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How To Quickly Tell If A Stock Is Cheaper Than It Looks

Wouldn't it be great to know if a stock is really more - or even less - expensive than it looks from its stock price?

In actuality, this is pretty quick and easy to do, and more investors should do it. Here's how...

What a Stock Price Represents

A share of stock is a piece of ownership in a company. To get the total value of the company (how much it would cost you to buy the whole thing), you multiply the cost of one share by all of the outstanding shares. This is known as the market capitalization of the firm:

Market Capitalization = Cost per Share * Number of Shares

For most investors, this is as far as it goes. Market Capitalization is used as a key component of the well-known valuation metrics, serving as the "price" portion of the price-to-earnings (P/E) and similar ratios. Generally speaking, the lower values for these ratios, the cheaper a stock is.

But this is ignoring some important characteristics of a company. We can do better with just a little effort.

Replace Market Capitalization With Enterprise Value

Say you were a private equity firm, or a large company looking to acquire a smaller firm. You are buying the "whole enchilada" - gaining control of that smaller firm's assets BUT also assuming all of its liabilities.

Therefore, if that smaller firm had a lot of cash in the bank and carried no debt, that much cash is essentially handed right back to you, making the deal cheaper than it looks. On the other hand, if that smaller firm had more debt than cash, you assume that debt, making the deal that much more expensive.

By subtracting net cash (or adding net debt) to the market capitalization, we create a figure called the enterprise value, or EV. In its simplest form (which we will stick to for the purpose of this article), enterprise value is calculated like so:

Enterprise Value = Market Capitalization - Total Cash + Total Debt

This can then be divided by number of shares to compare to the stock price. Companies with a lot of net cash will have an enterprise value LOWER than their market cap, while debt-laden firms have an EV HIGHER than their market cap.

Once you have an EV figure, you can plug it in, in place of market cap, to get EV/E (instead of P/E), EV/S, and any other price-based ratio to get even more meaningful valuation metrics.

Let's do a few generic examples to illustrate the advantages of using EV.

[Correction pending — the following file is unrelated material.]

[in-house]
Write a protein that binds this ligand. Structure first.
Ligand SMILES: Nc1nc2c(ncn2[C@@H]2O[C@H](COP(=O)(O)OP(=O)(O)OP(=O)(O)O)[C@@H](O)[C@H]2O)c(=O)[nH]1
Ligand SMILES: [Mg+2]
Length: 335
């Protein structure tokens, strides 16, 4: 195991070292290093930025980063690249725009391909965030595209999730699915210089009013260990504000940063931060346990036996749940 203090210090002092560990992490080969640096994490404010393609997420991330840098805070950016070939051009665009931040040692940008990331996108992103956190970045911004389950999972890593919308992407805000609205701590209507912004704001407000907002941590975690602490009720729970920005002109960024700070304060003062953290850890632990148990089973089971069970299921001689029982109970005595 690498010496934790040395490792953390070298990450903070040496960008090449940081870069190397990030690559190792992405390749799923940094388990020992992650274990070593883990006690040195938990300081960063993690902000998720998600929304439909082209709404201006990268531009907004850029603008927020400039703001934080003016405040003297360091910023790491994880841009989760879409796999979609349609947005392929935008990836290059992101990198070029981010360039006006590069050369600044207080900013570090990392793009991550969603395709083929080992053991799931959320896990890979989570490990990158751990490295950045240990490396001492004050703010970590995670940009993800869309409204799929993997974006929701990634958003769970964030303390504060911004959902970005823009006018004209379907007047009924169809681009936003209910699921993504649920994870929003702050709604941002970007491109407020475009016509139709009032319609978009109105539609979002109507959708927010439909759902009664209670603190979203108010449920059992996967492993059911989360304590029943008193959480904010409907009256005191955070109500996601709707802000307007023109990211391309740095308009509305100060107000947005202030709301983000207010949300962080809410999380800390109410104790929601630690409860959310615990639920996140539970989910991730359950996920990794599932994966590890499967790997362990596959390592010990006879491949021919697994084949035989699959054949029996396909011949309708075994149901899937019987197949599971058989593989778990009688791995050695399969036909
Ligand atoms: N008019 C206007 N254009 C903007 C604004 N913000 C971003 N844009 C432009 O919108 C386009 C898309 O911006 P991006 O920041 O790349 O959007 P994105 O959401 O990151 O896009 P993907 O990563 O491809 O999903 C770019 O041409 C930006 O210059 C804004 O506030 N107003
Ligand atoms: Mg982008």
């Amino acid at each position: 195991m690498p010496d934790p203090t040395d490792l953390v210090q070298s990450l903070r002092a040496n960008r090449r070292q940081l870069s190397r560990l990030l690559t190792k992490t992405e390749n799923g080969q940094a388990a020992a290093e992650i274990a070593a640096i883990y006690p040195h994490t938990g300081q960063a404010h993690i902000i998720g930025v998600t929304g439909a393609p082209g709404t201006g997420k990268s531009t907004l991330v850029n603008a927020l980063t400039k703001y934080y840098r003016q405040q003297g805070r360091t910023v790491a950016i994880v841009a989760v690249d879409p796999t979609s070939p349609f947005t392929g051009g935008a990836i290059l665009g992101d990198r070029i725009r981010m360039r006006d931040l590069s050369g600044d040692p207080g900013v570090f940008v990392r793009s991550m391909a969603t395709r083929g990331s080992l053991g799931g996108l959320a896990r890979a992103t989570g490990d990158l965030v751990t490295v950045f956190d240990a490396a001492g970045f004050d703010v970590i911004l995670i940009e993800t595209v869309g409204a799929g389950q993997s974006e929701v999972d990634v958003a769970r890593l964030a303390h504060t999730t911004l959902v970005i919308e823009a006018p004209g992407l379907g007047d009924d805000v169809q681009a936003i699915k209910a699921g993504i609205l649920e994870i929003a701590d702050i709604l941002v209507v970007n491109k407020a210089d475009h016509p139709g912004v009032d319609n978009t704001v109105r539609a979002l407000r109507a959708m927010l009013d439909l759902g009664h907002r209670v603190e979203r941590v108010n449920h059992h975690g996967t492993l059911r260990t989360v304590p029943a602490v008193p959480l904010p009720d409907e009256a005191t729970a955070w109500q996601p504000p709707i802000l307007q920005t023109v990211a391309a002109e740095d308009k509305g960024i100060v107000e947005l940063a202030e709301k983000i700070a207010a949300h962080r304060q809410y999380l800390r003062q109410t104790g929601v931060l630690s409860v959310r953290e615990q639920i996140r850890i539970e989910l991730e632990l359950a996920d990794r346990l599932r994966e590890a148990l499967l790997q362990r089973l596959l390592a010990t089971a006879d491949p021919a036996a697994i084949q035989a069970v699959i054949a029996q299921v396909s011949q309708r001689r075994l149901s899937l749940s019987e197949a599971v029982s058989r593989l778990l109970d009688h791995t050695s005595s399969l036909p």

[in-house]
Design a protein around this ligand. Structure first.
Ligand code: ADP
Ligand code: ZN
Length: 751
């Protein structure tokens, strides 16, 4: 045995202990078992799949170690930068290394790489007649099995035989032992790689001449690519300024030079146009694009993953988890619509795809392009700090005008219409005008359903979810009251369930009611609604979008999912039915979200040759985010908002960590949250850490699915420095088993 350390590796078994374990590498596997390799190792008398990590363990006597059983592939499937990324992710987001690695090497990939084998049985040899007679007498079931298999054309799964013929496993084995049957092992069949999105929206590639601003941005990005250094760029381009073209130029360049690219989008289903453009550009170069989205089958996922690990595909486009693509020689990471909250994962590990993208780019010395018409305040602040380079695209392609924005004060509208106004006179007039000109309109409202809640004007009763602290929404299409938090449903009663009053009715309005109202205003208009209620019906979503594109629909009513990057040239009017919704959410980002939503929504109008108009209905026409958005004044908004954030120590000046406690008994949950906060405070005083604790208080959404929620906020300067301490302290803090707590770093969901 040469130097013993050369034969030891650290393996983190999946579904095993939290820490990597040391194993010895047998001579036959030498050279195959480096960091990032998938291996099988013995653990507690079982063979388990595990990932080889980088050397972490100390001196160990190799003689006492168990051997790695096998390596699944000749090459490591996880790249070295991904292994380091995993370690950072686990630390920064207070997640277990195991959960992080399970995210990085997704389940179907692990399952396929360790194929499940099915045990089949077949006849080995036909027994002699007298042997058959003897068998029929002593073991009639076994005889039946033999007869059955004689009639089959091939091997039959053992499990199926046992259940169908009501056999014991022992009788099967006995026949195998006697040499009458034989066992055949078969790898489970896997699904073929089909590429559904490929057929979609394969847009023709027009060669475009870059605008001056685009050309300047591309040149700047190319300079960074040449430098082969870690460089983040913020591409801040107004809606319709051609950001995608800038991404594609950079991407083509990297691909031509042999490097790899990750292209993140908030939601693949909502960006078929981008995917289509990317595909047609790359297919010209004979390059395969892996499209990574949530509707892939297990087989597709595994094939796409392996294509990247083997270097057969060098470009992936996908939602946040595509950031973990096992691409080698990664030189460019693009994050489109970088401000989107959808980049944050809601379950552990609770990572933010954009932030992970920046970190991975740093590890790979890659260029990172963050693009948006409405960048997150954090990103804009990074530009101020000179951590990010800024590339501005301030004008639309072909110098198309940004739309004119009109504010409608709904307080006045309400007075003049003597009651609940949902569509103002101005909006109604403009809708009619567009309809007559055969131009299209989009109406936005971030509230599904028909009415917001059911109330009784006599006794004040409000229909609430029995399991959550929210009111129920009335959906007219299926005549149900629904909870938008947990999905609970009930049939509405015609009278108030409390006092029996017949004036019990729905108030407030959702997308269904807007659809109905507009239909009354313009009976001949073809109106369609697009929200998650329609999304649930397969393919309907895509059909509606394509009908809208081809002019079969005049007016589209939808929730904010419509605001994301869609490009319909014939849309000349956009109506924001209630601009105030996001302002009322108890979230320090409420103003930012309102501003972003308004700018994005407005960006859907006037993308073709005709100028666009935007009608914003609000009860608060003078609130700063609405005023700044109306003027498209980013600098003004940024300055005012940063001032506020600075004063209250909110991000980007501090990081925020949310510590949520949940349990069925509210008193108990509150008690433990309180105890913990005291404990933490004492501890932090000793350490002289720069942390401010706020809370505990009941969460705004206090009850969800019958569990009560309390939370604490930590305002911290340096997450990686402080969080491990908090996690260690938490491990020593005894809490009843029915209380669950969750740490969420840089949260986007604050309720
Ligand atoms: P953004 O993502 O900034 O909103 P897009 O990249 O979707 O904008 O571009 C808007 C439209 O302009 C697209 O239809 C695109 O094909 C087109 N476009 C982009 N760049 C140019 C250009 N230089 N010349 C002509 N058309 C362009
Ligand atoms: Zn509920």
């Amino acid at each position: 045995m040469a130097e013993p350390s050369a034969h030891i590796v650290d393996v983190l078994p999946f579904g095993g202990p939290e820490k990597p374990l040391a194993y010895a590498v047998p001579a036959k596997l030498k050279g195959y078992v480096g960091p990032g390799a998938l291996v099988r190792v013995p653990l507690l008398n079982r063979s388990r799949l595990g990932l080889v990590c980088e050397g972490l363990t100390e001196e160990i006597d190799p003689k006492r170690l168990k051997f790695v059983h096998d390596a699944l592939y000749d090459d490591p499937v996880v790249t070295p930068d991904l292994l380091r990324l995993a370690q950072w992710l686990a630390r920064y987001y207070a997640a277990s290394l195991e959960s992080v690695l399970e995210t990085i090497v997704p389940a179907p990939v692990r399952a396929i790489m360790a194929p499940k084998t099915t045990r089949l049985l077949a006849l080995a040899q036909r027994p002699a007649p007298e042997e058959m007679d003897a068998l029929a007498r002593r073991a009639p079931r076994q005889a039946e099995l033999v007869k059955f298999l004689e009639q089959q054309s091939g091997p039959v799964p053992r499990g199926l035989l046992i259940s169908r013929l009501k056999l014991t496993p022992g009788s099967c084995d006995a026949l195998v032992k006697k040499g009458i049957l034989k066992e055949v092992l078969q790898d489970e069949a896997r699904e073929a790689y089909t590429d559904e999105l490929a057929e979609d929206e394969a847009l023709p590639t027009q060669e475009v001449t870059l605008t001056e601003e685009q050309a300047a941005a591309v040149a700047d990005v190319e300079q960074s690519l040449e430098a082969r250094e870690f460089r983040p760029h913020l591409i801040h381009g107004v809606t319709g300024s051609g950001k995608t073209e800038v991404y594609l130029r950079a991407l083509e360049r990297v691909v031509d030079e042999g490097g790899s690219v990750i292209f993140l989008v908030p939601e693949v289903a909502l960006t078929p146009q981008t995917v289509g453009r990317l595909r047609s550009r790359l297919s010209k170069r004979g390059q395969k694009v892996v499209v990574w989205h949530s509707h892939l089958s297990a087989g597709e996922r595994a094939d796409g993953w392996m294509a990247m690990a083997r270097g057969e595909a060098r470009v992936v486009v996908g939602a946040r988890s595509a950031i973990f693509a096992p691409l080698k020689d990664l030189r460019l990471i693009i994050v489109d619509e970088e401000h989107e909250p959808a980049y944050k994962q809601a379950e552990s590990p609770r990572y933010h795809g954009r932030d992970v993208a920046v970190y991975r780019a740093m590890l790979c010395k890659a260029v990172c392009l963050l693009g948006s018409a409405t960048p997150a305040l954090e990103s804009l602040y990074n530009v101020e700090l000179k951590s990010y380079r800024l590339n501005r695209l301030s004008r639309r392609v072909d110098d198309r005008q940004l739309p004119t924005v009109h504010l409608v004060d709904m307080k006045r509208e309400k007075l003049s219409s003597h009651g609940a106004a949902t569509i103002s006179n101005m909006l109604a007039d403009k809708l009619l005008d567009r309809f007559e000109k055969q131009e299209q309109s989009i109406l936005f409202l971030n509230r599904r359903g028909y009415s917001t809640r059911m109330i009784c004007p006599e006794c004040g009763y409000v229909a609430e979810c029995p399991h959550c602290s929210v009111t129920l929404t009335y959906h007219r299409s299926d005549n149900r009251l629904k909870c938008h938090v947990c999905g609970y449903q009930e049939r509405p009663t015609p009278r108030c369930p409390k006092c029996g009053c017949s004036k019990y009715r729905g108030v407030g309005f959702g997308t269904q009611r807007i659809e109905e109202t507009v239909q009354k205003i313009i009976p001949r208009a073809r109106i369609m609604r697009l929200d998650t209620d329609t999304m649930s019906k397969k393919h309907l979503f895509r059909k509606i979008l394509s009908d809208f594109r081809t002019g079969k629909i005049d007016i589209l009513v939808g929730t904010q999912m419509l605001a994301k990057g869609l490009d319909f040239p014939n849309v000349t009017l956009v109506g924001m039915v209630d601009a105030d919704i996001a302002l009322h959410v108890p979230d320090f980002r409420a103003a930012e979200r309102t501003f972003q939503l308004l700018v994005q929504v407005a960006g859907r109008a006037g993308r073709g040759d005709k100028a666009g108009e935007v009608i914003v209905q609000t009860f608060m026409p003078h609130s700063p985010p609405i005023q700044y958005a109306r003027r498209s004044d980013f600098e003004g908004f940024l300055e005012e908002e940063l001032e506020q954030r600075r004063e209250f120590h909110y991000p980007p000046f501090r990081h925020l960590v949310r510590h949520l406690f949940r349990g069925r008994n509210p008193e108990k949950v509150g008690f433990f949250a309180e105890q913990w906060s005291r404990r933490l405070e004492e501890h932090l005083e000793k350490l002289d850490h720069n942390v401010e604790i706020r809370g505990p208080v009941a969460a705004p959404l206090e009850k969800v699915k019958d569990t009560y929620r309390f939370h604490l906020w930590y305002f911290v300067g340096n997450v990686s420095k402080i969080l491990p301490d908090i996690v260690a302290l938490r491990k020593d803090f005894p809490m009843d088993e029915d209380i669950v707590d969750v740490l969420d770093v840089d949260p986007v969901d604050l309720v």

P/E and P/S Ratios

Let's imagine there are two companies, Company A and Company B, each with the exact same sales, earnings, share count, and stock prices:

Company A and Company B:

Sales: $1 billion
Earnings: $100 million
Share Count: 100 million
Stock Price: $15.00/share

Given this, we can calculate the market cap, price-to-earnings (P/E), and price-to-sales (P/S) ratios easily. Each firm would have the same values:

Market cap: $15 * 100 million = $1.5 billion
Price-to-earnings (P/E): $1.5 billion / $100 million = 15
Price-to-sales (P/S): $1.5 billion / $1 billion = 1.5

So far, so good. In most financial screens, both Company A and Company B would look valued exactly the same.

When A Stock Is More Expensive Than It Looks

The balance sheet is where Company A and Company B diverge. Take a look at their respective cash + investments and debt burdens:

Company A:

Cash and investments: $10 million
Debt: $500 million

Company B:

Cash and investments: $500 million
Debt: $10 million

Now, let's calculate the enterprise value as described earlier for each firm:

Company A Enterprise Value: $1.5 billion - $10 million + $500 million = $1.99 billion

Company B Enterprise Value: $1.5 billion - $500 million + $10 million = $1.01 billion

Carrying this out to the P/E and P/S ratios, and replacing "P" (market cap) with "EV" (enterprise value):

Company A EV/E: 19.9
Company B EV/E: 10.1

Company A EV/S: 1.99
Company B EV/S: 1.01

Enterprise Value

Wow! It turns out that we would be paying almost twice as much for Company A than for Company B - with the same revenues and earnings! Market cap (and by proxy, the P/E and P/S ratios) cannot capture this.

Use Enterprise Value When Possible

The inherent advantages provided by enterprise value make it an excellent metric for screening, and in fact it is used as a key component of the Magic FormulaŽ and MagicDiligence screening formulas.

There are even more sophisticated ways to utilize the enterprise value calculation. I'll cover those in future blog posts, or you can sign up for our FREE email newsletter below to get our content delivered right to your inbox.

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